THE TWO DEATHS OF DANIEL HAYES by Marcus Sakey

THE TWO DEATHS OF DANIEL HAYES

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KIRKUS REVIEW

Has Daniel Hayes killed his wife? The question torments the amnesia victim who’s the protagonist of this fifth suspense novel from Sakey (The Blade Itself, 2007, etc.). 

A naked man is crawling out of the icy ocean and up the deserted beach. He has no idea where he is or what happened. Then he spots a parked car, a silver BMW. There’s a recently fired Glock inside and an owner’s manual belonging to Daniel Hayes of Malibu; the name triggers no memories. He finds a motel and learns he’s in Maine. More questions. Why is he compelled to watch a cable show with pretty actresses? And why is a cop banging on his door? There’s nothing wrong with Daniel’s reflexes: In seconds he’s behind the wheel and out of there. It’s a gripping enough start. Daniel steals new plates and returns to Malibu. He learns he’s a screenwriter, married to one of those actresses, Laney Thayer, who died when her car was forced off the road. Daniel is a murder suspect. We meet other characters. Sophie, Daniel’s agent, is being threatened by an intruder called Bennett, who has questions about Daniel and a necklace. Bennett is the sketchily characterized heavy, a Mr. Cool, blackmailer par excellence. A taut scene between Daniel and Laney’s co-star ends with an enraged Daniel attacking him; could that same rage have led him to kill Lacey? Sakey lets the question hang, effectively. Elsewhere he is less convincing. Daniel is still driving his BMW with the stolen plates; the cops, after an unbelievably amateurish stakeout of Daniel’s house, pretty much disappear. A shocking plot twist at the heart of the novel further undermines credibility. It’s part of a one-two punch, the second punch only landing at the end. Dead bodies pile up; so do the improbabilities. It doesn’t help that this hard-boiled crime fiction has a disconcertingly soft center, typified by the Forrest Gump-like mantra, “Life is a raindrop.”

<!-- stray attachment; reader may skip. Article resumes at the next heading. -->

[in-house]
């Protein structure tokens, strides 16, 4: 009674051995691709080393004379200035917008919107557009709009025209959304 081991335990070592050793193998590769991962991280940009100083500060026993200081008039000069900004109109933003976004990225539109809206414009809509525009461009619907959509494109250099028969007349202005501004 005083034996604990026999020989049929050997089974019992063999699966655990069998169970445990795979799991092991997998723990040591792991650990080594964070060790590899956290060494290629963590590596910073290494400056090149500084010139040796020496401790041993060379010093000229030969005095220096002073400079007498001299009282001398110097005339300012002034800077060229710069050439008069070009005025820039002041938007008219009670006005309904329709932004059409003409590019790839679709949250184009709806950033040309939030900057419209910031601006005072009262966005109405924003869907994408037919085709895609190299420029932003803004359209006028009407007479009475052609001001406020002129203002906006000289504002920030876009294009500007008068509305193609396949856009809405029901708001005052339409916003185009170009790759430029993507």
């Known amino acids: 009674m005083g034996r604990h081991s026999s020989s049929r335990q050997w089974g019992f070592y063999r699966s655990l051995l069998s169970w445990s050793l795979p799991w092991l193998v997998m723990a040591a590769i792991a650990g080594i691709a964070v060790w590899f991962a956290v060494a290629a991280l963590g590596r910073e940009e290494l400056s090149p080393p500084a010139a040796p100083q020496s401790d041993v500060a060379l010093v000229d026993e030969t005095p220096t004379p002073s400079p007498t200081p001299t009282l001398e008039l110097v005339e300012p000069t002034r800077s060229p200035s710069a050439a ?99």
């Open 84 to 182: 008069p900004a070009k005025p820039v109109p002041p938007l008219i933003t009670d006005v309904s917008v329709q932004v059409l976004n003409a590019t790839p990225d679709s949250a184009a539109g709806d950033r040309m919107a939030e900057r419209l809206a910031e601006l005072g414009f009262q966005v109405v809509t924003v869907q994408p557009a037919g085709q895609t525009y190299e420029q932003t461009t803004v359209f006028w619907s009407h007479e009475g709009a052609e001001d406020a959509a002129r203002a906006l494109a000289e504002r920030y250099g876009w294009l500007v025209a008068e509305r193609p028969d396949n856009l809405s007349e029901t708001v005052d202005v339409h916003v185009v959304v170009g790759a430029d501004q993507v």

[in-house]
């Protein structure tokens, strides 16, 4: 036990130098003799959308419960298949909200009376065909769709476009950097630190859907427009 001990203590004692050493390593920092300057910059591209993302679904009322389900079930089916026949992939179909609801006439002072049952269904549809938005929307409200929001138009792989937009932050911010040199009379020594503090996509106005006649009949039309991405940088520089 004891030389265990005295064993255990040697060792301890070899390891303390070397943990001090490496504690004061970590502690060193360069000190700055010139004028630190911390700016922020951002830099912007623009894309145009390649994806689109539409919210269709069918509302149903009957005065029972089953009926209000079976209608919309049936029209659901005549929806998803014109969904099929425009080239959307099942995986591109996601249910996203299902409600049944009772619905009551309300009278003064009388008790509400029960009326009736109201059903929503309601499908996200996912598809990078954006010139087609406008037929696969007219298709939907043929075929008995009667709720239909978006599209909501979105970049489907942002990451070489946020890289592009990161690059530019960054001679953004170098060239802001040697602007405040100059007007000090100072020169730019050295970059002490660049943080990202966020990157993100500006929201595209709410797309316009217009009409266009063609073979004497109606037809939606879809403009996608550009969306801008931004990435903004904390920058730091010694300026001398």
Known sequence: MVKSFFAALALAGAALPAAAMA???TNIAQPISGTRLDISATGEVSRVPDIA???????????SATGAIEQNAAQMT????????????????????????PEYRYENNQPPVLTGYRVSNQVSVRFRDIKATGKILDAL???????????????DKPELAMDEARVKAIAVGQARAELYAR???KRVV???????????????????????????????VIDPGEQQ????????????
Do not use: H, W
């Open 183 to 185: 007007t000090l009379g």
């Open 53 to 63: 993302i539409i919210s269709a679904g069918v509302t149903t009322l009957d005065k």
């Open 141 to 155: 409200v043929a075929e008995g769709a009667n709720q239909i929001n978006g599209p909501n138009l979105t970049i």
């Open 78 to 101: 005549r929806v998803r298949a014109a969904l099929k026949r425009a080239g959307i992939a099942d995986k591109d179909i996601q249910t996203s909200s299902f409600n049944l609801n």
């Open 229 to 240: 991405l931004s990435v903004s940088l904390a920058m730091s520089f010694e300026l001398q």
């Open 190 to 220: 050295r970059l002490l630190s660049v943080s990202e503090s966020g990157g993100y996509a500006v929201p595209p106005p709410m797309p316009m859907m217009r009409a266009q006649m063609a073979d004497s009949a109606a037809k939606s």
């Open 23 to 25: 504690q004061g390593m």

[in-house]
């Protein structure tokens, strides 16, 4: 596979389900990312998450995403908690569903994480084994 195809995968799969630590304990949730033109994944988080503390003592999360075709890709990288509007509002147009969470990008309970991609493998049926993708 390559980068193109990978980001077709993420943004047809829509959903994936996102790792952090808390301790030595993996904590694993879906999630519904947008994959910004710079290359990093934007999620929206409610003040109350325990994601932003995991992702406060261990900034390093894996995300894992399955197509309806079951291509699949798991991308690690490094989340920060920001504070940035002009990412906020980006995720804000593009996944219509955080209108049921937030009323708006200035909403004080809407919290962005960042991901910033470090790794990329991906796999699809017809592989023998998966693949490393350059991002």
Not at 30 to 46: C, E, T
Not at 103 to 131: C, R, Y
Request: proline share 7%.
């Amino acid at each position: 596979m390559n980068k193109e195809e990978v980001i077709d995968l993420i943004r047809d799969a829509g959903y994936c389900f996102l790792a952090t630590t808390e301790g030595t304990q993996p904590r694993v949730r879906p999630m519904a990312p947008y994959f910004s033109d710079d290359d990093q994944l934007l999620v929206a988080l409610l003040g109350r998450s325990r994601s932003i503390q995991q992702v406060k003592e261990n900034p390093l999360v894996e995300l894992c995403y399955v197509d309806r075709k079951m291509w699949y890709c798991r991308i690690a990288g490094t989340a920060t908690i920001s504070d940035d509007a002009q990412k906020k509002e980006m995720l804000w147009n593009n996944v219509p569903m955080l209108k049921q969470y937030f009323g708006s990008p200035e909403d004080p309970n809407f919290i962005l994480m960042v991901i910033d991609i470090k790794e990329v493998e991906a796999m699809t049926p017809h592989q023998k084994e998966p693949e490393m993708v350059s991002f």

Far-fetched. 

Pub Date: June 9th, 2011
ISBN: 978-0-525-95211-4
Page count: 352pp
Publisher: Dutton
Review Posted Online:
Kirkus Reviews Issue: April 15th, 2011




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